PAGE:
The Hanged Woman
In a two-story farmhouse atop a hill in the Ozarks, a man sits backward on a plastic armless chair in the attic, his forearms on the back of the chair, his head resting on his arms. His flesh is pallid, sores split his cheeks, his forehead. A brown recluse scurries out of his left ear, down his cheek, and pulls the carcass of its brother from his right nostril before entering his frozen agape mouth.
At night he is joined, though he no longer sees, the hanged woman. Her eyes bulge, unblinking, focused on the door that no one dares open after dark. The rope that hangs from the rafter, that forms the noose, creaks like a hammock in a summer breeze, and joins the other nightly sounds of the settling house, the pops and creaks and twists and pulls of locked door knobs.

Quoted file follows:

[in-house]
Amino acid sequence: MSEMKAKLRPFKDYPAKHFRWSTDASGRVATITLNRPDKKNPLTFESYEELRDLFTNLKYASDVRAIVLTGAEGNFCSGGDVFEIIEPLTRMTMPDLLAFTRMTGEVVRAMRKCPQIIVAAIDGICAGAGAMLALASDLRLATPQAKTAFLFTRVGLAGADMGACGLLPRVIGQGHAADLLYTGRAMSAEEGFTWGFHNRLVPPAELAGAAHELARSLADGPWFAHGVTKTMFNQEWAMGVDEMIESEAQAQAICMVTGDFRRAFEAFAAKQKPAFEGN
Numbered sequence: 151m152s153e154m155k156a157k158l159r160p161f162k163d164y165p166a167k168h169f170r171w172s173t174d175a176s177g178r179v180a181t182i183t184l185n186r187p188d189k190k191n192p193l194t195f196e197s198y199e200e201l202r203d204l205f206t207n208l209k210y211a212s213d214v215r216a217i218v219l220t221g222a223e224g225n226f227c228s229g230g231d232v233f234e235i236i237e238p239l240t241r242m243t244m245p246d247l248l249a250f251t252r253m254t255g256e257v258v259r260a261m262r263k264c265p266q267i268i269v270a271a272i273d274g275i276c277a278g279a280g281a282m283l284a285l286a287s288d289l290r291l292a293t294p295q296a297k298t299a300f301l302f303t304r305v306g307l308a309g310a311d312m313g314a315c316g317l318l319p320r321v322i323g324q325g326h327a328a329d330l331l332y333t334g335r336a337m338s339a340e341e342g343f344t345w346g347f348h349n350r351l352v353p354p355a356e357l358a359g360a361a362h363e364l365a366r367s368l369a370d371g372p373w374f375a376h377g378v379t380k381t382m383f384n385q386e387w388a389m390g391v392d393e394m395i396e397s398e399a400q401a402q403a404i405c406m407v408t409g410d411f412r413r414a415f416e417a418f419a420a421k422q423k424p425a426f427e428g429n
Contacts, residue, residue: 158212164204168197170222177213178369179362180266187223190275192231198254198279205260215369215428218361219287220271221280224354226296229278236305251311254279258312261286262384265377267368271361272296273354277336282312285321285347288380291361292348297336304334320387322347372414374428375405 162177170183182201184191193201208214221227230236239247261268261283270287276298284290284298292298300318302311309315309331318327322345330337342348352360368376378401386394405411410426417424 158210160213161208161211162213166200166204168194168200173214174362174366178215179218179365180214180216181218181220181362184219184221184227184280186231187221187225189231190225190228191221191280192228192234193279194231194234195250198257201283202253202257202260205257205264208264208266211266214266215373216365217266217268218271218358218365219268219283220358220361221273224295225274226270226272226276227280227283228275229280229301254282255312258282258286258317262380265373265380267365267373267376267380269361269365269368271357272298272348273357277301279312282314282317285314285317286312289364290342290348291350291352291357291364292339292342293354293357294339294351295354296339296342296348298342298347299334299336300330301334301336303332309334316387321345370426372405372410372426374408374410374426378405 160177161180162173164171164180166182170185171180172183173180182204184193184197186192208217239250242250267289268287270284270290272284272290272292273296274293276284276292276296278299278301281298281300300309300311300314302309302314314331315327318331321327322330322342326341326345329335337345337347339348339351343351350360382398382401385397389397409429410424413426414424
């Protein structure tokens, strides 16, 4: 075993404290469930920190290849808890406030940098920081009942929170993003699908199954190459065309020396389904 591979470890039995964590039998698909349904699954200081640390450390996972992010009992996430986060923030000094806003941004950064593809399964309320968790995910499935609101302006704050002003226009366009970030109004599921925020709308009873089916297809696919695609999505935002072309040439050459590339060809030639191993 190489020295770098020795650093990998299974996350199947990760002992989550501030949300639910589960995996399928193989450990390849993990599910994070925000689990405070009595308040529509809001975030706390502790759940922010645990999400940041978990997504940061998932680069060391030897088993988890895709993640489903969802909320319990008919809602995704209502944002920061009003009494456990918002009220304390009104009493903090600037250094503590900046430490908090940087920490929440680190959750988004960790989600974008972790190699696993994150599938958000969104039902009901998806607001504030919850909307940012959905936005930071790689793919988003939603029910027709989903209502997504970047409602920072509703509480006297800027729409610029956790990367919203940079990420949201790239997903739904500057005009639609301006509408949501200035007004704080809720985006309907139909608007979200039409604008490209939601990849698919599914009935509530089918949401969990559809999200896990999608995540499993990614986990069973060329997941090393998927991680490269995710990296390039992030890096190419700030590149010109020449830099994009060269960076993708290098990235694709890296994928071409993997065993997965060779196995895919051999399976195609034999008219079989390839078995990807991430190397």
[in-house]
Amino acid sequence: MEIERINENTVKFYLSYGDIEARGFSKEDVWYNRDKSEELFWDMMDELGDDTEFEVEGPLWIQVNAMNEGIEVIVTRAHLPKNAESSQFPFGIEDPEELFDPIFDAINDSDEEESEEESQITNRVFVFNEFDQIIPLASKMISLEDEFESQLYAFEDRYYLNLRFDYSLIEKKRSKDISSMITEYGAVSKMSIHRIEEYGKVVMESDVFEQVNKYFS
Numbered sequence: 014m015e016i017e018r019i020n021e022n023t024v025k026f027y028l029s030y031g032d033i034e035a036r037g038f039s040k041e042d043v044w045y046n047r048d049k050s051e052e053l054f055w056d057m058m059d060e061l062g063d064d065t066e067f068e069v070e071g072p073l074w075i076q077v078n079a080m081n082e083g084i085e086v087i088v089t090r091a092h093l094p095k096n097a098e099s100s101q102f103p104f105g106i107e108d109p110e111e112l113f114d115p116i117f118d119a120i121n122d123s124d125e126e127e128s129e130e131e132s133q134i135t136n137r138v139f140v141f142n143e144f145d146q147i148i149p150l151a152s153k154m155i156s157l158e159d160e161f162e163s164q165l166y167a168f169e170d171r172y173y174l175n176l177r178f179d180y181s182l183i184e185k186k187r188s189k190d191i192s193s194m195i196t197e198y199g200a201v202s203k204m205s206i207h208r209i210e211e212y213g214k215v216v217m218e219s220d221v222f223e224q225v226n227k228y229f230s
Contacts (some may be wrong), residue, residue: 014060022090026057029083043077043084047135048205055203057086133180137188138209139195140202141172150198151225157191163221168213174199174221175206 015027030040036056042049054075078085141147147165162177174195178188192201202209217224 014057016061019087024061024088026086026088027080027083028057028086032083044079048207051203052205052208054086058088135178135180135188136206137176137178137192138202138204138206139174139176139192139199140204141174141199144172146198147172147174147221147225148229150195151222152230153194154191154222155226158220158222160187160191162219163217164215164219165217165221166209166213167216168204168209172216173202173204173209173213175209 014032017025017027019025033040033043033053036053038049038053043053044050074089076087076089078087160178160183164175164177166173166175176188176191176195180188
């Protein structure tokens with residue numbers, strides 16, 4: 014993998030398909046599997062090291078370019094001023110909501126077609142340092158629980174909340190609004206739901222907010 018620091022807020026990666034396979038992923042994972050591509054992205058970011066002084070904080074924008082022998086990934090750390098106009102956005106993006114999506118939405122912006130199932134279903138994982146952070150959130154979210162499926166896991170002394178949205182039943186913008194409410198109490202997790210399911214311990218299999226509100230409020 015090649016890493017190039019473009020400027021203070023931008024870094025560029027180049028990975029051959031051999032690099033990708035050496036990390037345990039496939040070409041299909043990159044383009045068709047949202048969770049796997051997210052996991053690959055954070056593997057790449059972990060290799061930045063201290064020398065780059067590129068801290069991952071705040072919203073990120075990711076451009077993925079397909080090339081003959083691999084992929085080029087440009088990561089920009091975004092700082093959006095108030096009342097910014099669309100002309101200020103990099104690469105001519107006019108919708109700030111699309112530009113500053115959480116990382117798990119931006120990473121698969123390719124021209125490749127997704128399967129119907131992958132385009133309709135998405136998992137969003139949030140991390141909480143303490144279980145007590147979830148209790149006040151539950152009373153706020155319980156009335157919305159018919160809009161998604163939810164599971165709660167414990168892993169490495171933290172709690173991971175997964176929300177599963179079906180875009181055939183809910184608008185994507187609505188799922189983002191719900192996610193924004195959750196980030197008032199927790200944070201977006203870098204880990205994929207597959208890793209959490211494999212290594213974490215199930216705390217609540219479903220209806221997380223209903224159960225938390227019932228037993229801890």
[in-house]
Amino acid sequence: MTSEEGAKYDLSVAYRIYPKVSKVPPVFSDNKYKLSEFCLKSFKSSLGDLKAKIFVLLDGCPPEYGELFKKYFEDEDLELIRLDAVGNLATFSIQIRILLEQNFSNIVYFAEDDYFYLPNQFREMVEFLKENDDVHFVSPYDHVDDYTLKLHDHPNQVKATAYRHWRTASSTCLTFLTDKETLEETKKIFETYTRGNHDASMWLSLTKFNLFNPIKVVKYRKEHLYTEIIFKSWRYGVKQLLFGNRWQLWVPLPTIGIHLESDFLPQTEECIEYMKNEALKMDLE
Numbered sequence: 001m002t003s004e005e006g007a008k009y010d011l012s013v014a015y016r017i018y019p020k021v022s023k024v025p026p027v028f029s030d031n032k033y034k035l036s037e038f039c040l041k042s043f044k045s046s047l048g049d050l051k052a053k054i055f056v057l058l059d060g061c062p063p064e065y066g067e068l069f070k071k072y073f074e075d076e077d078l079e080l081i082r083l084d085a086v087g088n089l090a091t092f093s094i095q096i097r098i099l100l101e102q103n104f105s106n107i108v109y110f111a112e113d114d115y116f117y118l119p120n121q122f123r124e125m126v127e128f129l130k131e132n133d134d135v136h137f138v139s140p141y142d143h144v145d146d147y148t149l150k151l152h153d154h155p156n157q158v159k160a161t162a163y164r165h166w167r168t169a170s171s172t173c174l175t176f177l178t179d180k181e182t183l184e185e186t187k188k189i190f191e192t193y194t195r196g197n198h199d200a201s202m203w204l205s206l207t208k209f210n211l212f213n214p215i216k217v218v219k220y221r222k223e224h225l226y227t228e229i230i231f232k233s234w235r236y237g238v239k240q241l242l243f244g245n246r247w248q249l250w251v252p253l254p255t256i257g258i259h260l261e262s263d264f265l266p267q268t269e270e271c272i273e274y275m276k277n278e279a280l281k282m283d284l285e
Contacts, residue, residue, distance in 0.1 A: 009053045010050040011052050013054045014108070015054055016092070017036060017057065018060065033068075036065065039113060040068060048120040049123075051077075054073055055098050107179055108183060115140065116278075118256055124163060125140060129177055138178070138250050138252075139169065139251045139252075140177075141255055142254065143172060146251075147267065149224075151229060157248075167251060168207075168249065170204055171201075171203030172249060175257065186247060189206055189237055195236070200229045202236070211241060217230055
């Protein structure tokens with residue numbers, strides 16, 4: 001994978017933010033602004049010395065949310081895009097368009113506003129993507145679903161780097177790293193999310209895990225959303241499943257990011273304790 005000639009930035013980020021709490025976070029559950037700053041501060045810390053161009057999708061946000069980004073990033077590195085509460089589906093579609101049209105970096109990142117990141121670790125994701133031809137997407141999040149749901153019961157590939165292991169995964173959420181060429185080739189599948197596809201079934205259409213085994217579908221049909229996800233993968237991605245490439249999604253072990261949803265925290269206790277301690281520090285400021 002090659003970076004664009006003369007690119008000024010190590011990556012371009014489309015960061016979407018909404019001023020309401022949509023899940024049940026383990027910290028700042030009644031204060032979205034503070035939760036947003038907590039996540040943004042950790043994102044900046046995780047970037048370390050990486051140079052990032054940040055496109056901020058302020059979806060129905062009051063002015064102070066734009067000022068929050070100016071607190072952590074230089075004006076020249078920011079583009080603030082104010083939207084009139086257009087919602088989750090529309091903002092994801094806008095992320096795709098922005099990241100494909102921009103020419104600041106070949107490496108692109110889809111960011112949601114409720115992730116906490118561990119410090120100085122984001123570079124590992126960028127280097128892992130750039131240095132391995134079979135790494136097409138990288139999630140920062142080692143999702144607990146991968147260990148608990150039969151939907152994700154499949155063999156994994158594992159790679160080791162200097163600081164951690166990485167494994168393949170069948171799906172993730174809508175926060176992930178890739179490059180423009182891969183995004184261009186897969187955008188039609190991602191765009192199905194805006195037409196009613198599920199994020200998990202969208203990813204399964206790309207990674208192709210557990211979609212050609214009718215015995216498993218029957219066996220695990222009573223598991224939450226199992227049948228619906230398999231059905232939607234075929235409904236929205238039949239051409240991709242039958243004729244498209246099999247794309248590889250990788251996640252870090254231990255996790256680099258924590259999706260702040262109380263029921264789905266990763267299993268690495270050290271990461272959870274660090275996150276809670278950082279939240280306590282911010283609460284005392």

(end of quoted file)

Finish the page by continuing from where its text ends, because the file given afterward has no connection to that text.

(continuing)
A few nights ago, the boy forgot about the rule about not going into the attic after dark. He wanted to play with his train-set that had been packed away a few summers ago. When his parents realized where he was headed, his father rushed up the stairs after him.
The boy plays with his train-set in the mornings while his mother knits the shroud. He says, "When Daddy wakes up, maybe he can take me fishing, or maybe he can push me on the tire swing. I like the tire swing."
She does not raise her eyes from the shroud when she responds. "Now you know you have to be good honey, lest the hanged woman comes for you next."